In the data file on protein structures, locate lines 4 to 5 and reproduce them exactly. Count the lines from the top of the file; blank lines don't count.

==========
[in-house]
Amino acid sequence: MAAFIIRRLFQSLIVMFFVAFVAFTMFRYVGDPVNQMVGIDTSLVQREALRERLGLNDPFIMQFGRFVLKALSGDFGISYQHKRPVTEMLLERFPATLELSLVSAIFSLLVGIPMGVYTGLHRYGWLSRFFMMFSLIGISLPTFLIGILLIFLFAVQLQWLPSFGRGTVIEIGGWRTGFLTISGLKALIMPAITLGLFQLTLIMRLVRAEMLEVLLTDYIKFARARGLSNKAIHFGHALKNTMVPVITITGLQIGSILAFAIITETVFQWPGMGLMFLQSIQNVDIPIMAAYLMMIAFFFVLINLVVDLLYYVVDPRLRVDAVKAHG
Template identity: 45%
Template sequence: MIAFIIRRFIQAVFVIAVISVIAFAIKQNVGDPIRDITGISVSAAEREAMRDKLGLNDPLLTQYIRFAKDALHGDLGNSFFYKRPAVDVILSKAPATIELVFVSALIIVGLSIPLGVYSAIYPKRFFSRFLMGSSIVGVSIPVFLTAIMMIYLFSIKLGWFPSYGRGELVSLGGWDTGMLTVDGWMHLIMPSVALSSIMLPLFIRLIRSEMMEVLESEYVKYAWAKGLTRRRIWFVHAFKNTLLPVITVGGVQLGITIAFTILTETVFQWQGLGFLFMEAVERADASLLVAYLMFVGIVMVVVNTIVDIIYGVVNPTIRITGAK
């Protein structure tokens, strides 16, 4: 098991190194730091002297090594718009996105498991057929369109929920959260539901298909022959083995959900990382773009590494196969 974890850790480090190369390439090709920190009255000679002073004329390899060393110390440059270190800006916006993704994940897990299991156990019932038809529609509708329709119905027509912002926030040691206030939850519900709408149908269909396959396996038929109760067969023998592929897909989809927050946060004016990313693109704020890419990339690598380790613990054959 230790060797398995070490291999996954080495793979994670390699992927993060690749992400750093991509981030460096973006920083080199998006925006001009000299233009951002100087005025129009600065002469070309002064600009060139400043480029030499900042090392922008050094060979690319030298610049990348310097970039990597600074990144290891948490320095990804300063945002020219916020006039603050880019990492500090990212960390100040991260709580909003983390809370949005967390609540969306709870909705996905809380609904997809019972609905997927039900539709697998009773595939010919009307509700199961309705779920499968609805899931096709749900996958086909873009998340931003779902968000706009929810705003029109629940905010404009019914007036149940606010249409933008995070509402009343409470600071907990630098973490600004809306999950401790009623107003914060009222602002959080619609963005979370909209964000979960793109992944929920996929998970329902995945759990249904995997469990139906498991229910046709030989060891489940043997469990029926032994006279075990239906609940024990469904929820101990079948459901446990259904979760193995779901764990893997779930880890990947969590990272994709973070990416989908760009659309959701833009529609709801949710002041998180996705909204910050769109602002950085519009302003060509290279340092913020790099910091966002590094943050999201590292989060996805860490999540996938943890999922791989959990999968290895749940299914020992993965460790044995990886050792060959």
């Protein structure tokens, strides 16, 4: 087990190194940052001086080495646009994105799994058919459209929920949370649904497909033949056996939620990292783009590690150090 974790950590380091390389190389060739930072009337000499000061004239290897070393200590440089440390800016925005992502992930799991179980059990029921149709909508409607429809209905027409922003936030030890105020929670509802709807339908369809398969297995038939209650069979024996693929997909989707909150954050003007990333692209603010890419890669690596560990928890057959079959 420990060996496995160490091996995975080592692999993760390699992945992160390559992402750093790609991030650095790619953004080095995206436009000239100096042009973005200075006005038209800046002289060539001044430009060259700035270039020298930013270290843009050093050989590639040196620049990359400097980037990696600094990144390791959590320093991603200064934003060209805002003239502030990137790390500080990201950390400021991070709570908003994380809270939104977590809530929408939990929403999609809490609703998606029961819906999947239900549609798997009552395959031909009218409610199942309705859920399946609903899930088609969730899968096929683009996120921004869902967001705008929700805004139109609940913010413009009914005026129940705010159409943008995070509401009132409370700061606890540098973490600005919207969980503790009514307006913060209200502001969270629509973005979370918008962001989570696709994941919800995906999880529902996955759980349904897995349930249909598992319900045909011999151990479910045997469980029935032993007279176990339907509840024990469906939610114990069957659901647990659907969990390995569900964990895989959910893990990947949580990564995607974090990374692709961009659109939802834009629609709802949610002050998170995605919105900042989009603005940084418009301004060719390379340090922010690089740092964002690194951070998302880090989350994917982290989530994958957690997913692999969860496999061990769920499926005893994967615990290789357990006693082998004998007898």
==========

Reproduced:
Template sequence: MIAFIIRRFIQAVFVIAVISVIAFAIKQNVGDPIRDITGISVSAAEREAMRDKLGLNDPLLTQYIRFAKDALHGDLGNSFFYKRPAVDVILSKAPATIELVFVSALIIVGLSIPLGVYSAIYPKRFFSRFLMGSSIVGVSIPVFLTAIMMIYLFSIKLGWFPSYGRGELVSLGGWDTGMLTVDGWMHLIMPSVALSSIMLPLFIRLIRSEMMEVLESEYVKYAWAKGLTRRRIWFVHAFKNTLLPVITVGGVQLGITIAFTILTETVFQWQGLGFLFMEAVERADASLLVAYLMFVGIVMVVVNTIVDIIYGVVNPTIRITGAK
């Protein structure tokens, strides 16, 4: 098991190194730091002297090594718009996105498991057929369109929920959260539901298909022959083995959900990382773009590494196969 974890850790480090190369390439090709920190009255000679002073004329390899060393110390440059270190800006916006993704994940897990299991156990019932038809529609509708329709119905027509912002926030040691206030939850519900709408149908269909396959396996038929109760067969023998592929897909989809927050946060004016990313693109704020890419990339690598380790613990054959 230790060797398995070490291999996954080495793979994670390699992927993060690749992400750093991509981030460096973006920083080199998006925006001009000299233009951002100087005025129009600065002469070309002064600009060139400043480029030499900042090392922008050094060979690319030298610049990348310097970039990597600074990144290891948490320095990804300063945002020219916020006039603050880019990492500090990212960390100040991260709580909003983390809370949005967390609540969306709870909705996905809380609904997809019972609905997927039900539709697998009773595939010919009307509700199961309705779920499968609805899931096709749900996958086909873009998340931003779902968000706009929810705003029109629940905010404009019914007036149940606010249409933008995070509402009343409470600071907990630098973490600004809306999950401790009623107003914060009222602002959080619609963005979370909209964000979960793109992944929920996929998970329902995945759990249904995997469990139906498991229910046709030989060891489940043997469990029926032994006279075990239906609940024990469904929820101990079948459901446990259904979760193995779901764990893997779930880890990947969590990272994709973070990416989908760009659309959701833009529609709801949710002041998180996705909204910050769109602002950085519009302003060509290279340092913020790099910091966002590094943050999201590292989060996805860490999540996938943890999922791989959990999968290895749940299914020992993965460790044995990886050792060959």